A panic attack is a sudden and intense episode of fear that causes a variety of physical and cognitive symptoms. It can happen at any time, triggering a “fight-or-flight” response, even when you’re feeling calm.
Panic attacks are different from anxiety in that they’re more intense and abrupt. A panic attack typically peaks within minutes, while anxiety persists. The symptoms of a panic attack can vary from person to person, but the most common ones include:
- Racing or pounding heart
- Shaking or trembling
- Shortness of breath or feeling like you’re choking
- Chest pain or discomfort
- Feeling dizzy, light-headed, or faint
- Chills or hot flashes
- Numbness or tingling
- Feeling detached from your body or having a sense of things being unreal
- Feeling like you’re losing control
- Fearing you’re dying
Panic Attack Triggers and Risk Factors
Panic attacks can occur out of the blue, coming on for no apparent reason.
Some people even experience something called a nocturnal panic attack, which is when they wake from sleep in full panic mode.
Most people report experiencing some sort of stressful event, such as a death in the family, illness, substance misuse, or a relationship problem, in the months prior to their first panic attack.
Other triggers and risk factors associated with panic attacks include:
- Facing a feared situation
- Chronic stress
- Certain medications
- Having overprotective parents or experiencing parental rejection
- Some medical conditions, such as COPD
How Common Are Panic Attacks?
Approximately 1 in 8 people worldwide will experience a panic attack at some point in their life.
Women and younger adults are more likely to experience panic attacks than men or older adults.
People who are prone to cognitive distortions or who are shy and easily distressed in new situations are more likely to have panic attacks.
Also, people who fear uncertainty are more prone to panic.
Panic Attack Coping Skills
If you have panic attacks, it's helpful to have a plan in place to feel more in control. Some in-the-moment coping strategies for panic include:
- Self-talk. Remind yourself that you’re not in danger and that it will pass, or repeat a meaningful mantra or affirmation to yourself (e.g., “It’s only a panic attack; it can’t hurt me”). Here's a list of 29 positive affirmations for anxiety.
- Breathing exercises. Breathe slowly and gently in and out of your nose. Here's a list of 9 breathing exercises you can experiment with and discover what works best for you.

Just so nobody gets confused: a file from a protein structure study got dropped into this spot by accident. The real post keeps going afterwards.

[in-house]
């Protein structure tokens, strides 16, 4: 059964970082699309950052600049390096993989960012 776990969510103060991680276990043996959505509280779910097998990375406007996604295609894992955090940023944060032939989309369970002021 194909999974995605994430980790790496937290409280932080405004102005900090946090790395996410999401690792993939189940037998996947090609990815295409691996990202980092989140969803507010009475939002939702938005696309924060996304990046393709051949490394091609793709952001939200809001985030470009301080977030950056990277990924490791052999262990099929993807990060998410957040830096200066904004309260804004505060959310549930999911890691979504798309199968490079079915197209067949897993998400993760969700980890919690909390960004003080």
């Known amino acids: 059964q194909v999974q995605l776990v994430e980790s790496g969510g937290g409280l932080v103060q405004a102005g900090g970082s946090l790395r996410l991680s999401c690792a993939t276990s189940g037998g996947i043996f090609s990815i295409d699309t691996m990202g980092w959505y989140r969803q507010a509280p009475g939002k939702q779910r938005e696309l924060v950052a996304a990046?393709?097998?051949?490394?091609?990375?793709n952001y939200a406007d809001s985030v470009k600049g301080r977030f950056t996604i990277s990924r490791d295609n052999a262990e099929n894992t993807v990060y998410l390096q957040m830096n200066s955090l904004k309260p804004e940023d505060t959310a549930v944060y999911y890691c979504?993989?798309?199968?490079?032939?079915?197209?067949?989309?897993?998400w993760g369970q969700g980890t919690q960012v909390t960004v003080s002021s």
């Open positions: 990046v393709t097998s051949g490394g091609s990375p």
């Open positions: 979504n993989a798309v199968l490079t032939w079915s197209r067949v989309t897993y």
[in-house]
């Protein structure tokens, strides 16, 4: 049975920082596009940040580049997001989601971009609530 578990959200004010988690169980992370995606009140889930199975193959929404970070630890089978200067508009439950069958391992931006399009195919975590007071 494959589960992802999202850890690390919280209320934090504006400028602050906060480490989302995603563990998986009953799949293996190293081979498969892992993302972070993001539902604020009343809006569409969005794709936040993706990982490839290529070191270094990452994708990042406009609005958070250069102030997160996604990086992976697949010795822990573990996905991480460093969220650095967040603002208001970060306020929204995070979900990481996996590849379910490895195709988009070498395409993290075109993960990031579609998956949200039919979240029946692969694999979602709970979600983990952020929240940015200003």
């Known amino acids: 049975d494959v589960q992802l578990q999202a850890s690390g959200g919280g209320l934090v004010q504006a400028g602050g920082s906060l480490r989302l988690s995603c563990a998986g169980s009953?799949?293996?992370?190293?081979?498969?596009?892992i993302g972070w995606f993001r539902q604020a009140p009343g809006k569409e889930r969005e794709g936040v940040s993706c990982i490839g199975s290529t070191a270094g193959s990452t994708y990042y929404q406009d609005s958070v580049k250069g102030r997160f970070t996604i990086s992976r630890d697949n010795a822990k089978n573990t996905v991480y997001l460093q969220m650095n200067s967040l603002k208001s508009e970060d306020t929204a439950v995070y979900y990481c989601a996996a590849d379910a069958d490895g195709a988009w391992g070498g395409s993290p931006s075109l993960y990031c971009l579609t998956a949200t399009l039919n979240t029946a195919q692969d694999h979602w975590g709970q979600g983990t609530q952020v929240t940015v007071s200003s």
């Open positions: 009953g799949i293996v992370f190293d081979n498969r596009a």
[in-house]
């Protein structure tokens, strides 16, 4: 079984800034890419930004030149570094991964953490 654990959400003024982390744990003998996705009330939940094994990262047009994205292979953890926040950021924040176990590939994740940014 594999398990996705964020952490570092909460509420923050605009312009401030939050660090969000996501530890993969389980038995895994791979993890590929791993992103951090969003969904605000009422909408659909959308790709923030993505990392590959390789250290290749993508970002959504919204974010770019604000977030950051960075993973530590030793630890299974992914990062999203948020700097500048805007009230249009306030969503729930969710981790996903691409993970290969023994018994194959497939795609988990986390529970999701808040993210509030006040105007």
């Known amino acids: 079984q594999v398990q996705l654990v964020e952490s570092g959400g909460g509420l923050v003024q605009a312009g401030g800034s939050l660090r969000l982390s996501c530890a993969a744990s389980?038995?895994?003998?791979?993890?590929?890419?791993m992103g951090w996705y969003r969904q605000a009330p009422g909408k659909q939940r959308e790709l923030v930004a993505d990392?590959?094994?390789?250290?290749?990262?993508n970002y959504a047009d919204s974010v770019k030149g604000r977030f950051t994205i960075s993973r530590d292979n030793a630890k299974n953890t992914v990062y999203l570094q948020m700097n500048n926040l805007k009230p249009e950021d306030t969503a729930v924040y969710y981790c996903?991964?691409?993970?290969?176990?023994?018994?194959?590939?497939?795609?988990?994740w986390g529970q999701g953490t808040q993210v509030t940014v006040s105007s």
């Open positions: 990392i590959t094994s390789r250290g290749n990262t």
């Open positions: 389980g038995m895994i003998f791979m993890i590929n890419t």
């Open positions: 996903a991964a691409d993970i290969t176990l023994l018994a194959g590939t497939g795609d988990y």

- Reach out to someone you trust. Talk to a trusted person or ask them to just sit quietly with you.
- Immerse yourself in nature. If possible, go outside and spend time somewhere green, by the water, or in a forest. Nature has a powerful impact on wellbeing.
Cognitive behavioral therapy (CBT) is helpful at treating and reducing the frequency of panic attacks. CBT helps people to identify and challenge cognitive distortions and beliefs about panic attacks, as well as teaching them coping skills for managing anxiety.
Breathing training is another effective way to manage panic attacks. This involves learning to breathe more slowly and deeply, which can help to reduce the symptoms of hyperventilation.
Lifestyle medicine can help to reduce the severity of panic attacks. This includes eating a healthy diet, exercising regularly, getting enough sleep, and limiting caffeine and alcohol.
Participating in a support community, such as the Anxiety and Depression Association of America’s peer-to-peer group, can be helpful for people with panic attacks by providing a sense of community and understanding, and helping people learn from others who have had similar experiences.
Remember, you’re not alone! Panic attacks are manageable, and there’s help out there for anyone who struggles with panic.
Self-Guided Support for Anxiety and Panic
Research shows that self-help materials are often enough for people to overcome mild to moderate mental health difficulties without professional support.
If you’re interested in a self-guided program that includes tools from CBT, DBT, ACT and more, be sure to check out The Mental Wellbeing Toolkit. It's "like 10 therapy sessions in one."
Cassie Jewell, LPC, LSATP, is a mental health counselor and board-approved clinical supervisor in Northern Virginia.
She has a master’s degree in Community Counseling and specializes in addiction, anxiety disorders, and trauma.
She is the creator and author of Mind Remake Project, a therapy and self-help resource site. When she’s not writing or counseling, Cassie is traveling the world.